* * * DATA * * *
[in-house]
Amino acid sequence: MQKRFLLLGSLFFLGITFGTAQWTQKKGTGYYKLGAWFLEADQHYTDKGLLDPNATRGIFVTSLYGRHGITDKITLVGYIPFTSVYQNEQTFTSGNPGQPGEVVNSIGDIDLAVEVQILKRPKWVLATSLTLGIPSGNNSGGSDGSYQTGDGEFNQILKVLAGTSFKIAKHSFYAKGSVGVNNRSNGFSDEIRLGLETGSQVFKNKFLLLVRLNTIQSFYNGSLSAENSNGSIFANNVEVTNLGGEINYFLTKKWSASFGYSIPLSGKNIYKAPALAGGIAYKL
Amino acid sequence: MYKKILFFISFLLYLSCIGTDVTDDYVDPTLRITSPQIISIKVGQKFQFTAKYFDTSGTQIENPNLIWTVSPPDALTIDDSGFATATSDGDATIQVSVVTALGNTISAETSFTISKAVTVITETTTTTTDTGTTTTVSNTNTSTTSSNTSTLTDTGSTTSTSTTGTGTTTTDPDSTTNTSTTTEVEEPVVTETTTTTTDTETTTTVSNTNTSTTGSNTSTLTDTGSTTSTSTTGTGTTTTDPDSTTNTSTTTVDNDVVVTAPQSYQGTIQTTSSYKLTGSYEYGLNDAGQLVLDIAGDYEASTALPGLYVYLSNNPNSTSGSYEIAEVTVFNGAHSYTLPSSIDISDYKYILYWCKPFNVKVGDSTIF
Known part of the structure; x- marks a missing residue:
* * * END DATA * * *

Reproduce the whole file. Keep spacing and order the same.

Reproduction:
[in-house]
Amino acid sequence: MQKRFLLLGSLFFLGITFGTAQWTQKKGTGYYKLGAWFLEADQHYTDKGLLDPNATRGIFVTSLYGRHGITDKITLVGYIPFTSVYQNEQTFTSGNPGQPGEVVNSIGDIDLAVEVQILKRPKWVLATSLTLGIPSGNNSGGSDGSYQTGDGEFNQILKVLAGTSFKIAKHSFYAKGSVGVNNRSNGFSDEIRLGLETGSQVFKNKFLLLVRLNTIQSFYNGSLSAENSNGSIFANNVEVTNLGGEINYFLTKKWSASFGYSIPLSGKNIYKAPALAGGIAYKL
Amino acid sequence: MYKKILFFISFLLYLSCIGTDVTDDYVDPTLRITSPQIISIKVGQKFQFTAKYFDTSGTQIENPNLIWTVSPPDALTIDDSGFATATSDGDATIQVSVVTALGNTISAETSFTISKAVTVITETTTTTTDTGTTTTVSNTNTSTTSSNTSTLTDTGSTTSTSTTGTGTTTTDPDSTTNTSTTTEVEEPVVTETTTTTTDTETTTTVSNTNTSTTGSNTSTLTDTGSTTSTSTTGTGTTTTDPDSTTNTSTTTVDNDVVVTAPQSYQGTIQTTSSYKLTGSYEYGLNDAGQLVLDIAGDYEASTALPGLYVYLSNNPNSTSGSYEIAEVTVFNGAHSYTLPSSIDISDYKYILYWCKPFNVKVGDSTIF
Known part of the structure; x- marks a missing residue: